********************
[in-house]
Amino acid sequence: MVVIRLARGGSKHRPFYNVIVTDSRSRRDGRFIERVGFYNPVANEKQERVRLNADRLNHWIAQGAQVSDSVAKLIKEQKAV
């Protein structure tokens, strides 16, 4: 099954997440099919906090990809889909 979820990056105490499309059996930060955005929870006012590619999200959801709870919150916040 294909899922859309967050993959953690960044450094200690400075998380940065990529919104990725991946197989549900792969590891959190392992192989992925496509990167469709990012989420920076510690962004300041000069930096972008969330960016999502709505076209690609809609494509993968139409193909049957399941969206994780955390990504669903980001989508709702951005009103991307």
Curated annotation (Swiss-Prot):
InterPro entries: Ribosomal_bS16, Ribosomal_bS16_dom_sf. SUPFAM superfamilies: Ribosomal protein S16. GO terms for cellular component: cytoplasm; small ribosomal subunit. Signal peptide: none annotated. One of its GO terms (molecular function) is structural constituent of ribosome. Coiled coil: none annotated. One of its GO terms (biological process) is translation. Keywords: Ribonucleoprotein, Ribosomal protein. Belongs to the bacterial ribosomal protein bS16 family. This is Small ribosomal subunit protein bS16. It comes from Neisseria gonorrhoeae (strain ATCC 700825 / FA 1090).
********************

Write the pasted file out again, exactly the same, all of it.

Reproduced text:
[in-house]
Amino acid sequence: MVVIRLARGGSKHRPFYNVIVTDSRSRRDGRFIERVGFYNPVANEKQERVRLNADRLNHWIAQGAQVSDSVAKLIKEQKAV
């Protein structure tokens, strides 16, 4: 099954997440099919906090990809889909 979820990056105490499309059996930060955005929870006012590619999200959801709870919150916040 294909899922859309967050993959953690960044450094200690400075998380940065990529919104990725991946197989549900792969590891959190392992192989992925496509990167469709990012989420920076510690962004300041000069930096972008969330960016999502709505076209690609809609494509993968139409193909049957399941969206994780955390990504669903980001989508709702951005009103991307």
Curated annotation (Swiss-Prot):
InterPro entries: Ribosomal_bS16, Ribosomal_bS16_dom_sf. SUPFAM superfamilies: Ribosomal protein S16. GO terms for cellular component: cytoplasm; small ribosomal subunit. Signal peptide: none annotated. One of its GO terms (molecular function) is structural constituent of ribosome. Coiled coil: none annotated. One of its GO terms (biological process) is translation. Keywords: Ribonucleoprotein, Ribosomal protein. Belongs to the bacterial ribosomal protein bS16 family. This is Small ribosomal subunit protein bS16. It comes from Neisseria gonorrhoeae (strain ATCC 700825 / FA 1090).